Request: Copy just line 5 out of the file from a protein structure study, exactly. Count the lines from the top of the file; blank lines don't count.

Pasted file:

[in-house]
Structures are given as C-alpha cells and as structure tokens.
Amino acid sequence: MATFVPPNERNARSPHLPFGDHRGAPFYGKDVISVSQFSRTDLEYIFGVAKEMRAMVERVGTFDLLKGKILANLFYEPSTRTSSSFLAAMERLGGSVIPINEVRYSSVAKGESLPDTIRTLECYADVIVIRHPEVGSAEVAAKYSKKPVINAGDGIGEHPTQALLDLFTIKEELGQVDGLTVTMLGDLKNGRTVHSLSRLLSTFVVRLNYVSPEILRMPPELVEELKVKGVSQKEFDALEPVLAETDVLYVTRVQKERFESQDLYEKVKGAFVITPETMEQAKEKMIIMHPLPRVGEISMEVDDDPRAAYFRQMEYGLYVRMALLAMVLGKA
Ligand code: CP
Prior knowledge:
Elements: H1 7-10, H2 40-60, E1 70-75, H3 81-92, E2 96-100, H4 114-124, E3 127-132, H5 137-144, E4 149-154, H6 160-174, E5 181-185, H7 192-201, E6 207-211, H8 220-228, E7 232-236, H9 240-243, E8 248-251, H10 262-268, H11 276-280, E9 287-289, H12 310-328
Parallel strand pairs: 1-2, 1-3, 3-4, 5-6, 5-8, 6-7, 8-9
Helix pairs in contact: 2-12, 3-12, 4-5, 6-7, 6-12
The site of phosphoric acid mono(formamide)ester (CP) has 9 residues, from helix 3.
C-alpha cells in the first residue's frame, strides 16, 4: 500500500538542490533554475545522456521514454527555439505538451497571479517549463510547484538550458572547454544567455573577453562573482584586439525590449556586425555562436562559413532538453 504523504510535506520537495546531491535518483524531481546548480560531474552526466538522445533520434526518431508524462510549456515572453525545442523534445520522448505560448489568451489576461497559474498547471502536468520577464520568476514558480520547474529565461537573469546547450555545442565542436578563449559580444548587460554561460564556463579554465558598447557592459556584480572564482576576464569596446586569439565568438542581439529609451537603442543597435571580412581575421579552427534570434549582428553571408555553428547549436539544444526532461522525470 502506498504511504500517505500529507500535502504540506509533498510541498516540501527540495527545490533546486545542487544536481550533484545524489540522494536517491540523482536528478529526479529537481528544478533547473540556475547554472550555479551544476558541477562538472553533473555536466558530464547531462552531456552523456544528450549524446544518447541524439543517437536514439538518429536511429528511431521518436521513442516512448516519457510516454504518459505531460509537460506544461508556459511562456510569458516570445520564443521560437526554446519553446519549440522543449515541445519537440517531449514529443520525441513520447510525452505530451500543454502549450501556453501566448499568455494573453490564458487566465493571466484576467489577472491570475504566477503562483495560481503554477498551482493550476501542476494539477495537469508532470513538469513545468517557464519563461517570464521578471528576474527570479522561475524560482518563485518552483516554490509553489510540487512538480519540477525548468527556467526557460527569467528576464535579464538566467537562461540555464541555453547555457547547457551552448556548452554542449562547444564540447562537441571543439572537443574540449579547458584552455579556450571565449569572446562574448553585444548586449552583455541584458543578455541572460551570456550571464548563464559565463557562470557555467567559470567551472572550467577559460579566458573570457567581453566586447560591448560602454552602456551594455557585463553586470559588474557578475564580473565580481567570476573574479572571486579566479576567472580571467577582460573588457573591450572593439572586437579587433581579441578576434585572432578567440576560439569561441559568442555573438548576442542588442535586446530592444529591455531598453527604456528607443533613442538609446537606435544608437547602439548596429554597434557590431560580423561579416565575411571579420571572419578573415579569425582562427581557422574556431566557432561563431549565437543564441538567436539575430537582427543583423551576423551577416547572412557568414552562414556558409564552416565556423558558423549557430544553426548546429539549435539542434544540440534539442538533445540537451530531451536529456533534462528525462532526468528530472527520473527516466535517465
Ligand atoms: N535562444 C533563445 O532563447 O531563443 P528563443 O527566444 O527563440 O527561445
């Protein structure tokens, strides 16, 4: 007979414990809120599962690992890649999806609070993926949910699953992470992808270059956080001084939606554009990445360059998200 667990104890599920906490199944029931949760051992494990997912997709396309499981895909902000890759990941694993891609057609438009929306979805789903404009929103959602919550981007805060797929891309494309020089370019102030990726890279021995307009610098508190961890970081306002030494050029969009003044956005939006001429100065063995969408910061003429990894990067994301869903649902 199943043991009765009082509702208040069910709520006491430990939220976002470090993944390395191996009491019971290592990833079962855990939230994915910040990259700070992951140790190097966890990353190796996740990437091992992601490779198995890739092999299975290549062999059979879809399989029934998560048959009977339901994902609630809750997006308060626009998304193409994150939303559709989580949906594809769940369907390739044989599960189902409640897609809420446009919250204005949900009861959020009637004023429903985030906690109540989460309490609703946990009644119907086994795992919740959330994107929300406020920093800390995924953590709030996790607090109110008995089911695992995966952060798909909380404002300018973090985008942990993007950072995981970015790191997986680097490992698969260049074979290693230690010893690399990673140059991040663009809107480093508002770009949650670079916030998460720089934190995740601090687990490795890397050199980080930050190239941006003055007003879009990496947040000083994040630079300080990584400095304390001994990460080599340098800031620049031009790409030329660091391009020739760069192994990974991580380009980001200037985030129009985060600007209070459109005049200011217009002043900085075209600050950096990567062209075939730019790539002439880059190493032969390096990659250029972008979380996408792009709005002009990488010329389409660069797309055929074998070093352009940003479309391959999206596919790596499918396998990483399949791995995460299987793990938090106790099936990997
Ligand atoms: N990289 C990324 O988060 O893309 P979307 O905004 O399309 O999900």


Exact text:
Prior knowledge: